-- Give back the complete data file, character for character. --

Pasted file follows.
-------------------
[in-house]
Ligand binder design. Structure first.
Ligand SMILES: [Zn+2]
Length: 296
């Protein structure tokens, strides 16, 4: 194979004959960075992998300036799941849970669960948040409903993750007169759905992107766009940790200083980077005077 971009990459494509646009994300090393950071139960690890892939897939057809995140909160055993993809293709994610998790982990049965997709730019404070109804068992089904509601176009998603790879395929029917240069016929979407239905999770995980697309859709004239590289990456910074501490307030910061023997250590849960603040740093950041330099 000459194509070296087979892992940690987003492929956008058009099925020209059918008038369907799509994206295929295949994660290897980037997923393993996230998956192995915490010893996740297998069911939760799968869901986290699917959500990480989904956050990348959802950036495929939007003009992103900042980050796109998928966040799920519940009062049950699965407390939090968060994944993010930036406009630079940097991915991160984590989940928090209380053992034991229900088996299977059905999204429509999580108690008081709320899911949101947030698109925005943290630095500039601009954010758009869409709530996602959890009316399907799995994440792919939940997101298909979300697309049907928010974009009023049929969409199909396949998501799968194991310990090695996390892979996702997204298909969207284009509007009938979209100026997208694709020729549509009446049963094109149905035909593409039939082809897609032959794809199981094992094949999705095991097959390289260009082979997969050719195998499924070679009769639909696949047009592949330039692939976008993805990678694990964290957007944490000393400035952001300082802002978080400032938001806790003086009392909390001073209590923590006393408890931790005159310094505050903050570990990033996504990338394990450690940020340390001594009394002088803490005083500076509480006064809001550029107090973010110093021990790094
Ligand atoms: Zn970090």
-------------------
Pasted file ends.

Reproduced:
[in-house]
Ligand binder design. Structure first.
Ligand SMILES: [Zn+2]
Length: 296
């Protein structure tokens, strides 16, 4: 194979004959960075992998300036799941849970669960948040409903993750007169759905992107766009940790200083980077005077 971009990459494509646009994300090393950071139960690890892939897939057809995140909160055993993809293709994610998790982990049965997709730019404070109804068992089904509601176009998603790879395929029917240069016929979407239905999770995980697309859709004239590289990456910074501490307030910061023997250590849960603040740093950041330099 000459194509070296087979892992940690987003492929956008058009099925020209059918008038369907799509994206295929295949994660290897980037997923393993996230998956192995915490010893996740297998069911939760799968869901986290699917959500990480989904956050990348959802950036495929939007003009992103900042980050796109998928966040799920519940009062049950699965407390939090968060994944993010930036406009630079940097991915991160984590989940928090209380053992034991229900088996299977059905999204429509999580108690008081709320899911949101947030698109925005943290630095500039601009954010758009869409709530996602959890009316399907799995994440792919939940997101298909979300697309049907928010974009009023049929969409199909396949998501799968194991310990090695996390892979996702997204298909969207284009509007009938979209100026997208694709020729549509009446049963094109149905035909593409039939082809897609032959794809199981094992094949999705095991097959390289260009082979997969050719195998499924070679009769639909696949047009592949330039692939976008993805990678694990964290957007944490000393400035952001300082802002978080400032938001806790003086009392909390001073209590923590006393408890931790005159310094505050903050570990990033996504990338394990450690940020340390001594009394002088803490005083500076509480006064809001550029107090973010110093021990790094
Ligand atoms: Zn970090």